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New PBS show is underwhelming

Sunday, January 20, 2002

By Rob Owen, Post-Gazette TV Editor

It's a good thing so few people get Showtime. Otherwise more viewers would know just how similar PBS's new drama series "American Family" is to Showtime's "Resurrection Blvd."

Putting aside the fact they're both Latino dramas, the structure of the two series is remarkably similar.

Both feature conservative, stern patriarchs who were recently widowed. Both shows have a "wacky aunt" character (Elizabeth Pena on "Blvd.," Raquel Welch in "Family"). Both shows are set in Los Angeles. And, unfortunately, both shows underwhelm.

"American Family" (8 p.m. Wednesdays on WQED/WQEX) began its long and winding path to TV as a pilot for CBS in early 2000. Network executives passed on it, and having seen the first two episodes of "American Family," I can't blame them. It's not a bad show, just not particularly inspired storytelling.


"American Family"

When: 8 p.m. Wednesday and Thursday on PBS.

Starring: Edward James Olmos, Sonia Braga.


Patriarch Jess Gonzalez (Edward James Olmos) works as a barber while wife Berta (Sonia Braga) holds down life at home, which includes looking after their grandson Pablito (Gilbert Leal Jr. in the pilot, Austin Marques in the series). Pablito's father, Esteban (Esai Morales from "NYPD Blue"), is recently out of jail on parole (his offense is not specified in early episodes).

Independent-minded daughter Nina (Constance Marie) is about to move to Washington, but first she wants to move her parents into a new condominium, which her father keeps calling a "condom."

Son Conrado (Kurt Caceres) works as a doctor and youngest son Cisco (Jay Hernandez in the pilot; A.J. Lamas, son of Lorenzo, in the series) videotapes the family's doings and posts them to his Web site.

Wednesday's premiere, written and directed by series creator Gregory Nava ("El Norte," "Selena"), introduces Jess as a Korean War veteran who believes he's an American first and foremost despite daughter Nina's efforts to emphasize the family's Hispanic heritage.

"Bilingual education?" Jess says. "Give me a break. This is the United States of America."

Olmos' performance is a mixed bag. He starts out raging in an over-the-top, cartoonish manner. I half expected animated steam to shoot out of his ears and birdies to circle his head after he falls on the floor when his sons move the living room sofa.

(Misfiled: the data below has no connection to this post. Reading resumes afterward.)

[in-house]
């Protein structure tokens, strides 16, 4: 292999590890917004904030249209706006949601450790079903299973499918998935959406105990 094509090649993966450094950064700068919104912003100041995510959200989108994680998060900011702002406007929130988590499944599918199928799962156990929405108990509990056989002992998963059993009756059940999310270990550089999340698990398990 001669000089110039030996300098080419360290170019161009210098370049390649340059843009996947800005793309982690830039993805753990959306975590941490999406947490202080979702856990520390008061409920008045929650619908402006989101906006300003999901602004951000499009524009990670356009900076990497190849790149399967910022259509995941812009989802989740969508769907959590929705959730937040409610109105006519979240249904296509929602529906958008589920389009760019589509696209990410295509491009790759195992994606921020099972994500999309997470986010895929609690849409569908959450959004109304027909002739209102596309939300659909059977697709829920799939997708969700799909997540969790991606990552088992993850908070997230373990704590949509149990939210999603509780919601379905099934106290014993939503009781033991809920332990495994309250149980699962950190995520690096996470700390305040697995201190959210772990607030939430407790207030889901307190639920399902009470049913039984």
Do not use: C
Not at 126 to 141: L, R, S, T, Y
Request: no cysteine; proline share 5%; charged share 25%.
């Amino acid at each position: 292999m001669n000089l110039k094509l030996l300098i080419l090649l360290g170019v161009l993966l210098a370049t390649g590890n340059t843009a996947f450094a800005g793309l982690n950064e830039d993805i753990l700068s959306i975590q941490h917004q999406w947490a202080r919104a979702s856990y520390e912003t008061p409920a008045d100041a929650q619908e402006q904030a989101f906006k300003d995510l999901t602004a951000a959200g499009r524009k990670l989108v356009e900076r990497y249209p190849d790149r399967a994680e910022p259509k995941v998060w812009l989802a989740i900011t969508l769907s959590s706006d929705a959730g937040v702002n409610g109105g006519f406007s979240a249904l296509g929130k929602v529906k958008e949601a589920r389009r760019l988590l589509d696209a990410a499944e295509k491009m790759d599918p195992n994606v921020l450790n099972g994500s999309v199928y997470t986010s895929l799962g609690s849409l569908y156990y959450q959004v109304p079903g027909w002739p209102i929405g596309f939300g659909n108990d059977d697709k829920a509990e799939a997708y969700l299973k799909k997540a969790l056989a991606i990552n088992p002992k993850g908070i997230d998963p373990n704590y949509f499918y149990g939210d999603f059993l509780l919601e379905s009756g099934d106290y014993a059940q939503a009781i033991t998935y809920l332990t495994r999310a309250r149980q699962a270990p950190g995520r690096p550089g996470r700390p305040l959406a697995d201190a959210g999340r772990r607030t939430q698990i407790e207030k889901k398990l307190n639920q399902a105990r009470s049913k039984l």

But later Olmos takes a turn for the restrained in several touching and heartfelt scenes that follow the unexpected death of his wife.

Though Berta dies, Braga continues to appear in "American Family" in flashbacks, which gives the show a "Providence" vibe by way of "Sisters" (younger actors play the kids in the flashbacks). A large chunk of the second episode, airing Thursday at 8 p.m., is a flashback. It's well done, but so extensive that other characters get short shrift.

Braga's Berta is the show's best character. Braga gives her enormous warmth, and the second episode is all about the family reacting to Berta's death in different ways. Pablito, especially, gets neglected in their grief and efforts to move forward.

"The kid needs a mother," Jess tells Nina, "not someone who puts a cereal box on the counter or has him on a 'to-do' list."

Though only two changes to the primary cast were made in the delayed evolution from pilot to series, both moves are for the worse. Cisco, in particular, seems like a completely different person, going from rambunctious, short-haired video auteur to a loud, long-haired goofball. The actor playing the new Pablito is quite unnatural and there's barely a moment that you can't see the poor kid acting.

It's refreshing to see PBS try a drama series, but you'd think high-brow public broadcasting could come up with something more than a routine drama that's noteworthy only for the ethnicity of its cast.

You can reach Rob Owen at rowen@@post-gazette.com Post questions or comments to www.post-gazette.com/tv under TV Forum.

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